One Nigerian man and his wife had illegally claimed €33,000
A joint operation by gardai and the Department of Social and Family Affairs has uncovered social welfare fraud involving more than €2.2m in false claims by asylum seekers so far this year.
This brings the total value of savings from false benefit claims by asylum applicants to €14m since August 2004.
The fraud clampdown was carried out by detectives from the Garda National Immigration Bureau and social welfare officials under Operation Gull, which combats illegal immigrant activities.
Figures obtained by the Irish Independent last night showed that one Nigerian man and his wife had illegally claimed almost €33,000 a year in social welfare before the racket was discovered.
Another Nigerian, living in Birmingham, had been claiming €2,240 a month in benefits, although he was stated to have left the country in 2005.
Gardai have been working closely with the UK immigration authorities in a series of investigations to curb the illegal activities.
Operation Gull was also responsible for social welfare savings of €3.9m last year.
Commenting on the figures, Justice Minister Dermot Ahern said last night that Gull had been a great success since its inception in 2004 and the extent of the savings in social welfare fraud was an indication of the scale of the abuses being perpetrated.
"Operation Gull illustrates how close co-operation between the authorities here, the North and the UK, can save millions of euro and ensure that those genuinely in need do not lose out", the minister said.
Immigration officials said the results from Gull also underlined the problems involving asylum seekers and persons granted refugee status here using the Border into Northern Ireland to return regularly to their home countries.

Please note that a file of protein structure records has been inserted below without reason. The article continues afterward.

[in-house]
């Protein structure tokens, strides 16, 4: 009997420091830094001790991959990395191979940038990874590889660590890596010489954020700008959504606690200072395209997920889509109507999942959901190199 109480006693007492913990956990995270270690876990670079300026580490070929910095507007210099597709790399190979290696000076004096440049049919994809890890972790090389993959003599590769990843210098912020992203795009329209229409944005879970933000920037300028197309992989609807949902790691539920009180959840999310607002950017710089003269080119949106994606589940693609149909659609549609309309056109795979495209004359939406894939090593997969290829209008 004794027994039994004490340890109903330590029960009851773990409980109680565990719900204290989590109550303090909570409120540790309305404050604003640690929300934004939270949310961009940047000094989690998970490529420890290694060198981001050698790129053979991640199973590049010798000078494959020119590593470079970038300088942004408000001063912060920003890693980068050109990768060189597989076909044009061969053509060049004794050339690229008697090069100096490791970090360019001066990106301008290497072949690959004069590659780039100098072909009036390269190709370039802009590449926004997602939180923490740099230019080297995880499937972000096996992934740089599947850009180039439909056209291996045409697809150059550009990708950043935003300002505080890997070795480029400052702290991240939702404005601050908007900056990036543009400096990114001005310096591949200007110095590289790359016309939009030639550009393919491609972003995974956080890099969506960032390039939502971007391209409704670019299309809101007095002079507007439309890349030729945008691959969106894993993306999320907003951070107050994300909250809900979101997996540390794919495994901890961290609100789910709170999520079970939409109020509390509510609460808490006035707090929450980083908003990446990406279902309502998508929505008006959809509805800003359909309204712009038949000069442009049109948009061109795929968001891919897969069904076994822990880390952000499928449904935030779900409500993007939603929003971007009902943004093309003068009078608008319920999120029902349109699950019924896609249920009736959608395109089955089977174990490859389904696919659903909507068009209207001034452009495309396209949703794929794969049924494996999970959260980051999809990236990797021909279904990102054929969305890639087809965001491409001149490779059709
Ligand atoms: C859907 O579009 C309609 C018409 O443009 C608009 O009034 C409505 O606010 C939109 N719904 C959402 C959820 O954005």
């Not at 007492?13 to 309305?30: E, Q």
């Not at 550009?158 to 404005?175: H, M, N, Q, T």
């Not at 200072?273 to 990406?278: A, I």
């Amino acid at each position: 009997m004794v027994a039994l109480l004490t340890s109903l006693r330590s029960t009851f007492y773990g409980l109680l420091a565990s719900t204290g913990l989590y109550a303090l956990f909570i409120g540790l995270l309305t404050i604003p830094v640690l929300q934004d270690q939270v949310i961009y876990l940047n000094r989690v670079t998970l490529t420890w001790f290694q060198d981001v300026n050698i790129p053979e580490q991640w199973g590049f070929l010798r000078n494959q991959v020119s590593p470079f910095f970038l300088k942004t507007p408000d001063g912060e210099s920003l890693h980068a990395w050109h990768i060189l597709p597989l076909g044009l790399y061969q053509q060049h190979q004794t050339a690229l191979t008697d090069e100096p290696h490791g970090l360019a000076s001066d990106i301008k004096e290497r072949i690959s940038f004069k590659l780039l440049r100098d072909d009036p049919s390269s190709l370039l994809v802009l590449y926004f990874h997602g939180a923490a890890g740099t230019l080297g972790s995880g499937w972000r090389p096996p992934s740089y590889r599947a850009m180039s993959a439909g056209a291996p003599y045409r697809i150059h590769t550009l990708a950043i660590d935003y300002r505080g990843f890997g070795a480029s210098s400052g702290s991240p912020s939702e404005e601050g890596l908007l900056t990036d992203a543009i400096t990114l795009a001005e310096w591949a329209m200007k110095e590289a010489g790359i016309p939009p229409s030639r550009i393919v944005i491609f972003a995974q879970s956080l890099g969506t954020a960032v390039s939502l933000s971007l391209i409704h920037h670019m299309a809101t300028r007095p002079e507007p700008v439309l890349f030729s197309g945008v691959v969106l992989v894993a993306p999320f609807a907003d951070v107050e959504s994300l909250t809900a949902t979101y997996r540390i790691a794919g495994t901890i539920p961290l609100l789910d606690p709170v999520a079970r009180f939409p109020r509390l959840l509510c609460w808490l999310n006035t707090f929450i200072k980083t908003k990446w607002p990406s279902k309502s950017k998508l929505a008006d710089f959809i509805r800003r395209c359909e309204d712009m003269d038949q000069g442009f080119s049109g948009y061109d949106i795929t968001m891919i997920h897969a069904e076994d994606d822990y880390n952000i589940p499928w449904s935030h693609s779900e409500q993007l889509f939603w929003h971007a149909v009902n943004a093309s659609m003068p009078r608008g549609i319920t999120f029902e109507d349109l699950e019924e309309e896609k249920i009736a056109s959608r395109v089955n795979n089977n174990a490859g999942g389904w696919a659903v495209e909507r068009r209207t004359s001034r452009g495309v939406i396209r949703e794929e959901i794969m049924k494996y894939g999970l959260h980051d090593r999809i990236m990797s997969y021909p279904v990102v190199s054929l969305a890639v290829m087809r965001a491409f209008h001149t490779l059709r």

These included people who had sought refugee status here on the basis that they had fled in terror from their homes and feared for their lives if they were sent back there.
A snapshot of some of the biggest abuses include :
l A Nigerian woman who applied for asylum here in 2003 and was granted refugee status in 2005 and who was subsequently found to have a multi-entry visa for the UK, which she sought while living in Lagos. She had previously claimed in her asylum application that she had been forced to flee from Nigeria. She is still living here in receipt of rent allowance of €1,143 a month and payments of €245.80 weekly.
l A Nigerian man was stopped in Belfast on his way to Dublin, had two Nigerian passports, one which gave him permission to live in Ireland and the other to reside in the UK. He was registered to live here with his Nigerian wife on the basis that they had an Irish-born child but he had also been granted the right to live in the UK on the basis of a marriage to a Portuguese woman. He works in the UK but he and his wife claim social welfare benefits of €32,677.60 a year from the Irish State.
l Another Nigerian man was stopped in Belfast while in transit to Birmingham. He had been here to collect his monthly social welfare benefit of €2,240. He is suspected of sub letting a house in Longford and is stated to have left the country in 2005.
l An Indian man arrived at Dublin airport for a week-long visit but was picked up by immigration officials at Holyhead port while attempting to enter the UK. He was served with illegal entry papers and returned to Dublin port. But within four hours he was discovered at Belfast docks where he claimed to be Sri Lankan.